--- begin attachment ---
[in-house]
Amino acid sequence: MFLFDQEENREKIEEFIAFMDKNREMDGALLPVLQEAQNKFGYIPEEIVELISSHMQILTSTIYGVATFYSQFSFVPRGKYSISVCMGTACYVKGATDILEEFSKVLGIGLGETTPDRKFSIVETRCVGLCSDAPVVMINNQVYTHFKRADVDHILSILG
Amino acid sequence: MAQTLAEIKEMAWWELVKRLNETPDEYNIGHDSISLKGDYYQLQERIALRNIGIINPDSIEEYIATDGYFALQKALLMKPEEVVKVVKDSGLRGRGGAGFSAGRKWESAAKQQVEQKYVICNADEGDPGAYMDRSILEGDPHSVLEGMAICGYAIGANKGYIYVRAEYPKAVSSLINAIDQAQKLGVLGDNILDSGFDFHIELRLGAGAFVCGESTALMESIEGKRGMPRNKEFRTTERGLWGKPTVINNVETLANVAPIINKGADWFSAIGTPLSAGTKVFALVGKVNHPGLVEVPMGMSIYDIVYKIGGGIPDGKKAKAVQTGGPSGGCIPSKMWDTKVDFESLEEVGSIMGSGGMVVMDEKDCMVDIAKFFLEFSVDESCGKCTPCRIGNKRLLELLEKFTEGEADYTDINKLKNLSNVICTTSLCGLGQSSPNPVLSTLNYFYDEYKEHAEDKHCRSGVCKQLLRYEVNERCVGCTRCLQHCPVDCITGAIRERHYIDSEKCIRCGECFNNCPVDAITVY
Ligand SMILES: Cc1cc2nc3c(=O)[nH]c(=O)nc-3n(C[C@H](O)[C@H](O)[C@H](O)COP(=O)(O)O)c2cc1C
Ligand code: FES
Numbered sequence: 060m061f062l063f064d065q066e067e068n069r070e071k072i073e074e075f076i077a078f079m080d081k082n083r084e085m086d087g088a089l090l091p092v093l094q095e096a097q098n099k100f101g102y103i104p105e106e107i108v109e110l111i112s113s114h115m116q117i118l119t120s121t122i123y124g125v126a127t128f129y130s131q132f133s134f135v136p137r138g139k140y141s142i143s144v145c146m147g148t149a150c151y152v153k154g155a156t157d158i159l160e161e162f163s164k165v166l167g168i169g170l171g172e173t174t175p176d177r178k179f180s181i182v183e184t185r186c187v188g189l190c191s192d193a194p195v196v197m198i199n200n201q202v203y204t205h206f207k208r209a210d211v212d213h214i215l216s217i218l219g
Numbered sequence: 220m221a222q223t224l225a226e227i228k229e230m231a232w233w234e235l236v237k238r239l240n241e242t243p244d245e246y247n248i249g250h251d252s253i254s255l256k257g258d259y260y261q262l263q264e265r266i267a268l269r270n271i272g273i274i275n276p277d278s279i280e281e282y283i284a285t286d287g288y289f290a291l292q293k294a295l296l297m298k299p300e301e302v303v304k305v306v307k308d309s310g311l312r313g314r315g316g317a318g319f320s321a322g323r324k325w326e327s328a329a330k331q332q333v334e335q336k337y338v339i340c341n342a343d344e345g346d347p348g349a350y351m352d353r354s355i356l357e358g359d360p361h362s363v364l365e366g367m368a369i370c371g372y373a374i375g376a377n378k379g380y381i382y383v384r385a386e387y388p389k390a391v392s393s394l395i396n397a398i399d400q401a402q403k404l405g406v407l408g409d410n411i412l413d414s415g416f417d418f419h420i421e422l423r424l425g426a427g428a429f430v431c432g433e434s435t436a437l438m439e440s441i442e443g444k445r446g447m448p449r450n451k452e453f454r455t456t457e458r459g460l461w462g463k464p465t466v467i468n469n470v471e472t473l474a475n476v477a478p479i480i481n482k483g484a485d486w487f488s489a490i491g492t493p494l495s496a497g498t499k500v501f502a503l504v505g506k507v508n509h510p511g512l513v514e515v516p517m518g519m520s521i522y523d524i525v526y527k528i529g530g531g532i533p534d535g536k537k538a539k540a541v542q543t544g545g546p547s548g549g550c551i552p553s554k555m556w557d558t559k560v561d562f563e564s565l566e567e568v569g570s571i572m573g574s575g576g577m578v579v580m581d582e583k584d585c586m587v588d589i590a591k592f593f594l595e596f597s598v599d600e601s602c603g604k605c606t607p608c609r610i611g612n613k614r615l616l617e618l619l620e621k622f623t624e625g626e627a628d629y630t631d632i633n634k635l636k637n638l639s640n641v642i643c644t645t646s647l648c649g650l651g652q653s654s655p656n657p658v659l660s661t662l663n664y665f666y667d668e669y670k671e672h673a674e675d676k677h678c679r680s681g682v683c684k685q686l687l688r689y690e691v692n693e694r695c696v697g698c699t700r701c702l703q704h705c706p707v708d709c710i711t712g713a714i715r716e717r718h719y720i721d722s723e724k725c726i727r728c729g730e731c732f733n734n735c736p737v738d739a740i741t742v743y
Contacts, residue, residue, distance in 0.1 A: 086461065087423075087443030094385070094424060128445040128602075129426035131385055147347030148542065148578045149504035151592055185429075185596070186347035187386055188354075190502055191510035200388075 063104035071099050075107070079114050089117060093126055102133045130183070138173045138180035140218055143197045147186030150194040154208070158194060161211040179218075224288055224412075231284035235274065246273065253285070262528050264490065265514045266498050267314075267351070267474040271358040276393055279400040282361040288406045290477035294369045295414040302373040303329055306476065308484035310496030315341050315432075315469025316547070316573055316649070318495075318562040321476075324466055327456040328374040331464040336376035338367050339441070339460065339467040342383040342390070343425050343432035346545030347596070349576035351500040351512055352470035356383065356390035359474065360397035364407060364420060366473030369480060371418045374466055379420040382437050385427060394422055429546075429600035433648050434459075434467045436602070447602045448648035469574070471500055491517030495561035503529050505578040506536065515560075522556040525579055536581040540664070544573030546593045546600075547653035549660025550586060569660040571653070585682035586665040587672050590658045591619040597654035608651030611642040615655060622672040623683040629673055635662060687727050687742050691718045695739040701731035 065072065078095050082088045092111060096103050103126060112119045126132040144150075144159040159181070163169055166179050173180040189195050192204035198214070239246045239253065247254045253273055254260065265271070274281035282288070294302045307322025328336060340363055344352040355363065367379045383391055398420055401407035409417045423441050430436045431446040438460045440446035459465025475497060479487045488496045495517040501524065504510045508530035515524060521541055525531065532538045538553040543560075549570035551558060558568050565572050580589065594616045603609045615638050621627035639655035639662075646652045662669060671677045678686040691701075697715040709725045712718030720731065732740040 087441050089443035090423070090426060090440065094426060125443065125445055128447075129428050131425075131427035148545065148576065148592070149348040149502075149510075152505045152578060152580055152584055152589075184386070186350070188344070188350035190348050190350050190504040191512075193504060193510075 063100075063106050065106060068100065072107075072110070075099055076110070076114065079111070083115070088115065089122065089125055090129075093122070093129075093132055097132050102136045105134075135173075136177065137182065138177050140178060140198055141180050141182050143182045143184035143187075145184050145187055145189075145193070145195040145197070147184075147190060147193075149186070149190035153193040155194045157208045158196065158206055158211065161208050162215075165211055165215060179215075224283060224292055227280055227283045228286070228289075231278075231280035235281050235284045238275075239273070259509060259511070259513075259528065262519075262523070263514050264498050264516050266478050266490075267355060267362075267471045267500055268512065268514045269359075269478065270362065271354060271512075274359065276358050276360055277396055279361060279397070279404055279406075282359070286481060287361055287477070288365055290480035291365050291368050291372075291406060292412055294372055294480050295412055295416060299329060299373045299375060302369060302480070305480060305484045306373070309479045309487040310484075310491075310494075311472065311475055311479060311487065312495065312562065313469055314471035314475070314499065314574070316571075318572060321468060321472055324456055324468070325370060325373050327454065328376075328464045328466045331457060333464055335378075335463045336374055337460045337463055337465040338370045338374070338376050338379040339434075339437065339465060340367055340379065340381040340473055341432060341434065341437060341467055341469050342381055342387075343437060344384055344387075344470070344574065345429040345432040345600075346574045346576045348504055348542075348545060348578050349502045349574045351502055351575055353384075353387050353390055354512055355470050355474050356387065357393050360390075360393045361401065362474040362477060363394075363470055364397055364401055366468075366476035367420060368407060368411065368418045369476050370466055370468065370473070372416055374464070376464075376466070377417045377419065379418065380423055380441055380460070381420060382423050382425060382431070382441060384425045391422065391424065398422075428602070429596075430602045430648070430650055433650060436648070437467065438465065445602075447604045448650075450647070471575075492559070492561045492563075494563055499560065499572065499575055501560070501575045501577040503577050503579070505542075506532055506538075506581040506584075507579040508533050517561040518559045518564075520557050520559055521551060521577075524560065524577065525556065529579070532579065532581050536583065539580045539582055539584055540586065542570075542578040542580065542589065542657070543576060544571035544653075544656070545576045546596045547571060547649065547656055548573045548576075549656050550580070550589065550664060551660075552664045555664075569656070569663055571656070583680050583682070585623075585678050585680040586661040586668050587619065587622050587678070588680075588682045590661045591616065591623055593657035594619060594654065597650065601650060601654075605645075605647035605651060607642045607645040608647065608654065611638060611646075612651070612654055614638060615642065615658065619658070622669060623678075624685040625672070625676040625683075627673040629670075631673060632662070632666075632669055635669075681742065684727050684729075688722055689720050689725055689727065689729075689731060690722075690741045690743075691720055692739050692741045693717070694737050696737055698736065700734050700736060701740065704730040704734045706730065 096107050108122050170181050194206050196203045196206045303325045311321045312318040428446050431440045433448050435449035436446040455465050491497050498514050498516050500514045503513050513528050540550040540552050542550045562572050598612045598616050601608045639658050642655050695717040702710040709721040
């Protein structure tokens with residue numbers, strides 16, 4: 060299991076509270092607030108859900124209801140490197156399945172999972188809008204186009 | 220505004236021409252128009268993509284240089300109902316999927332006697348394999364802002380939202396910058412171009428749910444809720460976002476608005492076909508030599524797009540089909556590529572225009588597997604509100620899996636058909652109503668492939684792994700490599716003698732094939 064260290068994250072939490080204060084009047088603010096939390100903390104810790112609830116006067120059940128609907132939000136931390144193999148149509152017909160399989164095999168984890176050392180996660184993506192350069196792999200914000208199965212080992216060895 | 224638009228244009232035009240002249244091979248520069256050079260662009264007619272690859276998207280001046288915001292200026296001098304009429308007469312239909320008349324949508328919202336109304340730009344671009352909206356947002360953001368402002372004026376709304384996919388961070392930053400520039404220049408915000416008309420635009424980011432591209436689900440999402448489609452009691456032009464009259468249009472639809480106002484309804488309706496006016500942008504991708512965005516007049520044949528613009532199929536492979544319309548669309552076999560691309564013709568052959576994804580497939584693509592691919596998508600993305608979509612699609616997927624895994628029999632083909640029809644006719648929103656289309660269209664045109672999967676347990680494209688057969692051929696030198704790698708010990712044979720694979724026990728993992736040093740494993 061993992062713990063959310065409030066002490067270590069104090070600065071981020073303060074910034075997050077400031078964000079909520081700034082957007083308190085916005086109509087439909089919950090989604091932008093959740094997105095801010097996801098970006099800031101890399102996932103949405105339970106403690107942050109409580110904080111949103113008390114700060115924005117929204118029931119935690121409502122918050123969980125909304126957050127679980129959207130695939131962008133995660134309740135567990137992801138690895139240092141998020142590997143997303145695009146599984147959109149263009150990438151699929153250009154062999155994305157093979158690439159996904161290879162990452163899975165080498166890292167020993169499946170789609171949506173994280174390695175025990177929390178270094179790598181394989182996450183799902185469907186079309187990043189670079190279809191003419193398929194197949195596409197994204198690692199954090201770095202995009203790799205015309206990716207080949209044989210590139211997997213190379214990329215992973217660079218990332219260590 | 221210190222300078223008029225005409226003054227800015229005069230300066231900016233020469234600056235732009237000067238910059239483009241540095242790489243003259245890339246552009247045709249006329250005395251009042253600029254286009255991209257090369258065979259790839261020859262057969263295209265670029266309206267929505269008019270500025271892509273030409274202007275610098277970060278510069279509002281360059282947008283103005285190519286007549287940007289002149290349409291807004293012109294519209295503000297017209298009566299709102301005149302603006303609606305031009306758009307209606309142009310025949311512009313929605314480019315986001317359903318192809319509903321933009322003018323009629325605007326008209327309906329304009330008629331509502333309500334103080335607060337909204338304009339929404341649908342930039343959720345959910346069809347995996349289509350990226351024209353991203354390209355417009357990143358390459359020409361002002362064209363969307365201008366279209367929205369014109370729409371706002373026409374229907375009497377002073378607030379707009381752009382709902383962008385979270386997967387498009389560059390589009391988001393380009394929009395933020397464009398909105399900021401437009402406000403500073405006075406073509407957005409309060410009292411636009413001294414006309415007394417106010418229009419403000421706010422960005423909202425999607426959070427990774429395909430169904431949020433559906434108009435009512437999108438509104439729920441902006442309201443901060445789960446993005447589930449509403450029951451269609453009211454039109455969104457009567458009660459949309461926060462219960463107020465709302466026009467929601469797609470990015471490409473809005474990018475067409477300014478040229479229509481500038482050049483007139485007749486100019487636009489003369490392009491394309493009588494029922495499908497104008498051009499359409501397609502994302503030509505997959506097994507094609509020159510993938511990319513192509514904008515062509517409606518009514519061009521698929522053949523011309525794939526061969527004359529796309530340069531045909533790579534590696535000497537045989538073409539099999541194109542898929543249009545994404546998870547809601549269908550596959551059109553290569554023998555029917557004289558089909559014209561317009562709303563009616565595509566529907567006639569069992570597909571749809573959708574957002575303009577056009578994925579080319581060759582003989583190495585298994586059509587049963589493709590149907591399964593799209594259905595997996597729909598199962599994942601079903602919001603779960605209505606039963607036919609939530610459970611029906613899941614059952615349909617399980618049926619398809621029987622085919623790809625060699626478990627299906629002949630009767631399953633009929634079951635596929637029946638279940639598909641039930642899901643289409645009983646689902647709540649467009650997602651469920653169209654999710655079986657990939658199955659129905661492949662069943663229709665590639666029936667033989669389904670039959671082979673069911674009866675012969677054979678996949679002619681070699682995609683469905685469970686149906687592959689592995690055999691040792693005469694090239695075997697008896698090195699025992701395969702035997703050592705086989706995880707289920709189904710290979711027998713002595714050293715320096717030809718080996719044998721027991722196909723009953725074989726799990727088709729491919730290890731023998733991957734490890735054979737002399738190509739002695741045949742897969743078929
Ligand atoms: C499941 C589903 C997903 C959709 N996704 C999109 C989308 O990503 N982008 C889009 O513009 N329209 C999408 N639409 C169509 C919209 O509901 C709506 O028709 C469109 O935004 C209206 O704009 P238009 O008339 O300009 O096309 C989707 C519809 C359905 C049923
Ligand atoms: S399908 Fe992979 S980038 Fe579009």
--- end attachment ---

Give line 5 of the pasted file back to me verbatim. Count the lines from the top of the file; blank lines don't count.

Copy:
Ligand code: FES